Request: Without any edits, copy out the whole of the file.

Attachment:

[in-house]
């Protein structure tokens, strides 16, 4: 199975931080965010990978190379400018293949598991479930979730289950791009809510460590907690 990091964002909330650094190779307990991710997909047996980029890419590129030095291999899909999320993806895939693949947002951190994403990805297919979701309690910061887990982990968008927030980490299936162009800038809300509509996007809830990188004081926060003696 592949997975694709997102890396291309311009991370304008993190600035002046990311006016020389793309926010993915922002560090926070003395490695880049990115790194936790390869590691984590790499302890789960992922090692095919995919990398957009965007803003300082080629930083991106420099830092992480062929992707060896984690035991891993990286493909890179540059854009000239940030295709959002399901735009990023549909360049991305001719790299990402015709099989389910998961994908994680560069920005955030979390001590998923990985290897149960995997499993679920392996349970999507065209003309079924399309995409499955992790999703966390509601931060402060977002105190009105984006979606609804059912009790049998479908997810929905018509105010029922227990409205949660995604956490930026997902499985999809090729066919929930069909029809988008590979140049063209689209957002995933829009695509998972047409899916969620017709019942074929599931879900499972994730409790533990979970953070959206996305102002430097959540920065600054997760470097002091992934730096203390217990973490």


[in-house]
């Protein structure tokens, strides 16, 4: 199975931080965010990978190379400018293949598991479930979730289950791009809510460590907690 990091964002909330650094190779307990991710997909047996980029890419590129030095291999899909999320993806895939693949947002951190994403990805297919979701309690910061887990982990968008927030980490299936162009800038809300509509996007809830990188004081926060003696 592949997975694709997102890396291309311009991370304008993190600035002046990311006016020389793309926010993915922002560090926070003395490695880049990115790194936790390869590691984590790499302890789960992922090692095919995919990398957009965007803003300082080629930083991106420099830092992480062929992707060896984690035991891993990286493909890179540059854009000239940030295709959002399901735009990023549909360049991305001719790299990402015709099989389910998961994908994680560069920005955030979390001590998923990985290897149960995997499993679920392996349970999507065209003309079924399309995409499955992790999703966390509601931060402060977002105190009105984006979606609804059912009790049998479908997810929905018509105010029922227990409205949660995604956490930026997902499985999809090729066919929930069909029809988008590979140049063209689209957002995933829009695509998972047409899916969620017709019942074929599931879900499972994730409790533990979970953070959206996305102002430097959540920065600054997760470097002091992934730096203390217990973490």